Obesity and the rise of endometrial cancer in young women


By Jennifer Gunter
SF Sexual Health Examiner

July 6, 2009

There are more than 40,000 new cases of endometrial cancer every year in the United States and more than 7,500 women die annually from this disease. The majority of endometrial cancers are the result of an imbalance between the two major female reproductive hormones: estrogen and progesterone. Estrogen stimulates the endometrium (the lining of the uterus) to grow and progesterone keeps that growth in check. Too much estrogen and/ or too little progesterone and the unruly endometrium can turn cancerous.
Doctors have long known obesity is a risk factor for endometrial cancer. Not only does obesity increase estrogen levels, as fatty tissue converts other steroid hormones into estrogen, but obese women are also less likely to ovulate on a regular basis. This results in a progesterone deficiency as the hormone progesterone is only produced at ovulation.
A new study published in the July issue of Obstetrics and Gynecology sheds more light on the magnitude of the connection between obesity and endometrial cancer, especially for younger women. This study evaluated almost 3,500 women between the ages of 20 and 54. The results obesity increased the risk of endometrial cancer for all women, but more so for women between the ages of 20 and 45. Based on body mass index or BMI (a BMI of 19-24 is normal), women who were overweight (BMI 25 – 29.9) were almost 3 times more likely to develop endometrial cancer than their normal weight counterparts. Women with a BMI between 30 and 34.9 were 6 times more likely to develop endometrial cancer and those women with a BMI of 35 and older were almost 22 times more likely to develop the disease.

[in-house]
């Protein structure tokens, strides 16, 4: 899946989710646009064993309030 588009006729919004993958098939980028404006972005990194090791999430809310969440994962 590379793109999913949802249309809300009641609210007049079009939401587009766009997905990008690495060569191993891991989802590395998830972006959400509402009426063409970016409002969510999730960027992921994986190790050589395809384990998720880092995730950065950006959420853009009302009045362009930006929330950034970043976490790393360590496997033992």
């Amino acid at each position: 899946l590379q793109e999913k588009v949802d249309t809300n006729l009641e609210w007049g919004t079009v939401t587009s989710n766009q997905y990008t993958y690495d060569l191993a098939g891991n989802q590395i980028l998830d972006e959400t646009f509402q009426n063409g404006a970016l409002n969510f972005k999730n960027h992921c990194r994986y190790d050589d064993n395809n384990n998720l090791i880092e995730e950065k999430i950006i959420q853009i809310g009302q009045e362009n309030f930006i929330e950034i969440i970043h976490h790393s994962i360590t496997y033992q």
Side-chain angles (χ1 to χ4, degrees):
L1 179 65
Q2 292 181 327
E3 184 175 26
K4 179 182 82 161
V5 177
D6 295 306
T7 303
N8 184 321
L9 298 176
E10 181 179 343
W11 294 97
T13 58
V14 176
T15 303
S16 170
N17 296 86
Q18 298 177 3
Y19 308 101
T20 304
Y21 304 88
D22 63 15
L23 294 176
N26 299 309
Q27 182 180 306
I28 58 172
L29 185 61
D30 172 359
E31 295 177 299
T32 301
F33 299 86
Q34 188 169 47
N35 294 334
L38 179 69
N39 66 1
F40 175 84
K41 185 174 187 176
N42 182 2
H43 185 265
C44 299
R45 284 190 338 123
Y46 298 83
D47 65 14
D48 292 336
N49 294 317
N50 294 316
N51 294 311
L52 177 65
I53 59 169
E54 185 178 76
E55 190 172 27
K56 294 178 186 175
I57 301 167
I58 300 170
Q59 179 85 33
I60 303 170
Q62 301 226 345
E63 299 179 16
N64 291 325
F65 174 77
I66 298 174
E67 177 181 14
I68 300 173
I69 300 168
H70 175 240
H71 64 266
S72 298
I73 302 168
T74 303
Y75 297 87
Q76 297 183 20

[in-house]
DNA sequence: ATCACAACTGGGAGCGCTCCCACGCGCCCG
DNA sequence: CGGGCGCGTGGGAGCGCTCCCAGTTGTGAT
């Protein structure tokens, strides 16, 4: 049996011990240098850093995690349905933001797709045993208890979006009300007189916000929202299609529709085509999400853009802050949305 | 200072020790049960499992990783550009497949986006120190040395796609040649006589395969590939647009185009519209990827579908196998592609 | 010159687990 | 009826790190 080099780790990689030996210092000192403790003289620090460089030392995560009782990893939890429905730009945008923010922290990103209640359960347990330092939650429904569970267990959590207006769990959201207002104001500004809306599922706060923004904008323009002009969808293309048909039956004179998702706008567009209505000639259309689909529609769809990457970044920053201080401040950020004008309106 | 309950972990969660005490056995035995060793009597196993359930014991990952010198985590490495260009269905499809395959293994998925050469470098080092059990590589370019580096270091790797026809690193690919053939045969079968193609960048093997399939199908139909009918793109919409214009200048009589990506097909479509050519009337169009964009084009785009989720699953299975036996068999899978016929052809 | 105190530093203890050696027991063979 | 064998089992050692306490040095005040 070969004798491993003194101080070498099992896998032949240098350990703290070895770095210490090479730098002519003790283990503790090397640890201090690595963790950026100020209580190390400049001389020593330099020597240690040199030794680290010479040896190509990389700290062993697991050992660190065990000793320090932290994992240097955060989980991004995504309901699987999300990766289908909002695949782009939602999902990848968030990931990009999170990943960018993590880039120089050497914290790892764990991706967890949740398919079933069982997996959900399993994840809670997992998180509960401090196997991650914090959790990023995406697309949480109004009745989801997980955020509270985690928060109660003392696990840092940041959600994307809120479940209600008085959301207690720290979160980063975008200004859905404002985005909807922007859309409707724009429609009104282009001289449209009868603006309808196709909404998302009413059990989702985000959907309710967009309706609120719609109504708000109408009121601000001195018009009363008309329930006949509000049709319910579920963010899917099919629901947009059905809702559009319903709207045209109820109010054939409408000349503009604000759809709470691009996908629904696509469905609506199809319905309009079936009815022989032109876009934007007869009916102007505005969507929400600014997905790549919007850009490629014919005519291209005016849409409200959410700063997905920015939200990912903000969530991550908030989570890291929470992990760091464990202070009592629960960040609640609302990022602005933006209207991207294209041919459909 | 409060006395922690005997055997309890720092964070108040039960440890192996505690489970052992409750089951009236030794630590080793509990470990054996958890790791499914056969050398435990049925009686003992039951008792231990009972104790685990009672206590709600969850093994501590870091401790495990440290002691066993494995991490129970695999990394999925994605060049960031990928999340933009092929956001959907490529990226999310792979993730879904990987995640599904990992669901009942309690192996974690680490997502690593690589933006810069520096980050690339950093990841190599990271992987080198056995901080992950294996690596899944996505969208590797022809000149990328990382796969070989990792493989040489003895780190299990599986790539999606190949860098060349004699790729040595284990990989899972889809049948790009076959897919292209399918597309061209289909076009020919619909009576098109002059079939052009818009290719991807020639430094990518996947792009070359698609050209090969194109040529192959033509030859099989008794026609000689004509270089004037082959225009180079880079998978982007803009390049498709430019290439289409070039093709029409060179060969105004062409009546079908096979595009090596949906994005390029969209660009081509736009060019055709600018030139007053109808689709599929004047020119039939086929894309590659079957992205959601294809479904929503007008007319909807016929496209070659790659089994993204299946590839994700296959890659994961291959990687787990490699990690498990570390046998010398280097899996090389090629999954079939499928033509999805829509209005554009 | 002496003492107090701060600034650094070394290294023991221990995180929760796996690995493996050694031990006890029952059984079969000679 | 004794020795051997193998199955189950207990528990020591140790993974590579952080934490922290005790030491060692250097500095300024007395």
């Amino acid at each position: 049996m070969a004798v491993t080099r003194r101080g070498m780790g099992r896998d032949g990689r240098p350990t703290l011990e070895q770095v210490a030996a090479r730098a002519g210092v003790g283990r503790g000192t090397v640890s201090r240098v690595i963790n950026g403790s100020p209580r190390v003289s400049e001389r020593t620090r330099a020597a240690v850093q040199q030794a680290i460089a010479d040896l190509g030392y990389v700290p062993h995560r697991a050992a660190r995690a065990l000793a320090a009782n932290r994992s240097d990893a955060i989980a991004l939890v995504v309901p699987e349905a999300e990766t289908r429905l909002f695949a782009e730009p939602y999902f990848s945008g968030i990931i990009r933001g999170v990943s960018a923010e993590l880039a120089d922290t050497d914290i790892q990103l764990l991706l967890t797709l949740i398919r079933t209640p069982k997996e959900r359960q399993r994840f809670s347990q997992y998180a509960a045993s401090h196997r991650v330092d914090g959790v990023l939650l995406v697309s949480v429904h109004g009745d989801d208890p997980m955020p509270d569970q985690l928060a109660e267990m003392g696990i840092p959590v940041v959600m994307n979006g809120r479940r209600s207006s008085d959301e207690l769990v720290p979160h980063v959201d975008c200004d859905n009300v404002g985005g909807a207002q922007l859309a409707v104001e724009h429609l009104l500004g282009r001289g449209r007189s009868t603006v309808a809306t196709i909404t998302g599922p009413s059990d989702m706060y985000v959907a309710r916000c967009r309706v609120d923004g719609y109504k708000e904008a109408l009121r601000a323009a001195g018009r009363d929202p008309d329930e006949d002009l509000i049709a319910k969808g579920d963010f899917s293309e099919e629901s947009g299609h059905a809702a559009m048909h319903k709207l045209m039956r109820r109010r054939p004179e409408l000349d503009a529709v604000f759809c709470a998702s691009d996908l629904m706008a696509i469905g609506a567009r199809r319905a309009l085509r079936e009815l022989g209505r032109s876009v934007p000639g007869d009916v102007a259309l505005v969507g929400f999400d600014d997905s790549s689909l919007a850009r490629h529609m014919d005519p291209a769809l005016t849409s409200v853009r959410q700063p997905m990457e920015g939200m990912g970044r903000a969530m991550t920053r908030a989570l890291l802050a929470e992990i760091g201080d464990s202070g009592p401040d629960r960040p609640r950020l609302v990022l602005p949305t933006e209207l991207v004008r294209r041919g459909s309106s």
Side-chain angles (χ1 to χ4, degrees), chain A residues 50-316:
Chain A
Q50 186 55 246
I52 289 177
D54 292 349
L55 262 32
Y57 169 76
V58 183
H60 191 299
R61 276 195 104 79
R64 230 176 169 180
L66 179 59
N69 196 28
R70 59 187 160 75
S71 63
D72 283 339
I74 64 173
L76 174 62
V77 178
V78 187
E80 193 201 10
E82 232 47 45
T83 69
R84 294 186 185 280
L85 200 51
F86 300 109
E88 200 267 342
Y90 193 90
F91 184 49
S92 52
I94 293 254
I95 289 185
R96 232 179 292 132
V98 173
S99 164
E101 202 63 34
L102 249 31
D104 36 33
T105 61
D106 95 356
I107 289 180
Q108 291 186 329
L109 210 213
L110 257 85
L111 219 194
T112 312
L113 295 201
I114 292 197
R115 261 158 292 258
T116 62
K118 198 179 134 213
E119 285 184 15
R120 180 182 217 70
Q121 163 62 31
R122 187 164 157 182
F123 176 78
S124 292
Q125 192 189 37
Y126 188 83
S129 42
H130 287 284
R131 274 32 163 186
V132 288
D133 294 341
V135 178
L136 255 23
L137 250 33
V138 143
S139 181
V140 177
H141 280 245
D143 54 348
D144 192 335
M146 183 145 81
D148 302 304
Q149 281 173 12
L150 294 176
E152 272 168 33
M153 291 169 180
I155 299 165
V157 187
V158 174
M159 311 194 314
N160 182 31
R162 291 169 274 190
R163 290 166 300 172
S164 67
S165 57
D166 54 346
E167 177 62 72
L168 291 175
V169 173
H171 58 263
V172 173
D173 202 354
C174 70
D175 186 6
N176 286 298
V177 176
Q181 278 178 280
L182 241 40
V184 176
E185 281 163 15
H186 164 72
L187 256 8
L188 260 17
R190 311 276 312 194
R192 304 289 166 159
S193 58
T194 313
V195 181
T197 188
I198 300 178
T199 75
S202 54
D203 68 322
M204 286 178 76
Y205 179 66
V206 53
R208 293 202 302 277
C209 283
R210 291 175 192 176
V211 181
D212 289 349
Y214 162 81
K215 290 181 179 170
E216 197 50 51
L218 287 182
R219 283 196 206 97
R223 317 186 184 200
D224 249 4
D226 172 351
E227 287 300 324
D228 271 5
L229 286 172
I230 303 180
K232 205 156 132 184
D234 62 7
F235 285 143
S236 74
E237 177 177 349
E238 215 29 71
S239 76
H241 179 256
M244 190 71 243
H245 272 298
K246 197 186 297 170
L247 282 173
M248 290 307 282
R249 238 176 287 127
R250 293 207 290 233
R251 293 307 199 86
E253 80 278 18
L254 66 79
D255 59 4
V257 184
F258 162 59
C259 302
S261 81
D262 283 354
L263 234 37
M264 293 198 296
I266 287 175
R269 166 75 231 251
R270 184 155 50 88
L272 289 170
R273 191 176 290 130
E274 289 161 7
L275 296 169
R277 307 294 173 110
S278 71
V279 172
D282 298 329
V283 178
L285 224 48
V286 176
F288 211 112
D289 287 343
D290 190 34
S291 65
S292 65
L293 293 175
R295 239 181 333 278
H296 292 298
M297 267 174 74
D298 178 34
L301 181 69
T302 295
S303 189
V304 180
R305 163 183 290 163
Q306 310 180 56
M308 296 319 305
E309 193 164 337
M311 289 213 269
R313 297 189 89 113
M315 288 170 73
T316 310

Author: Leslie Carol Botha

Author, publisher, radio talk show host and internationally recognized expert on women's hormone cycles. Social/political activist on Gardasil the HPV vaccine for adolescent girls. Co-author of "Understanding Your Mood, Mind and Hormone Cycle." Honorary advisory board member for the Foundation for the Study of Cycles and member of the Society for Menstrual Cycle Research.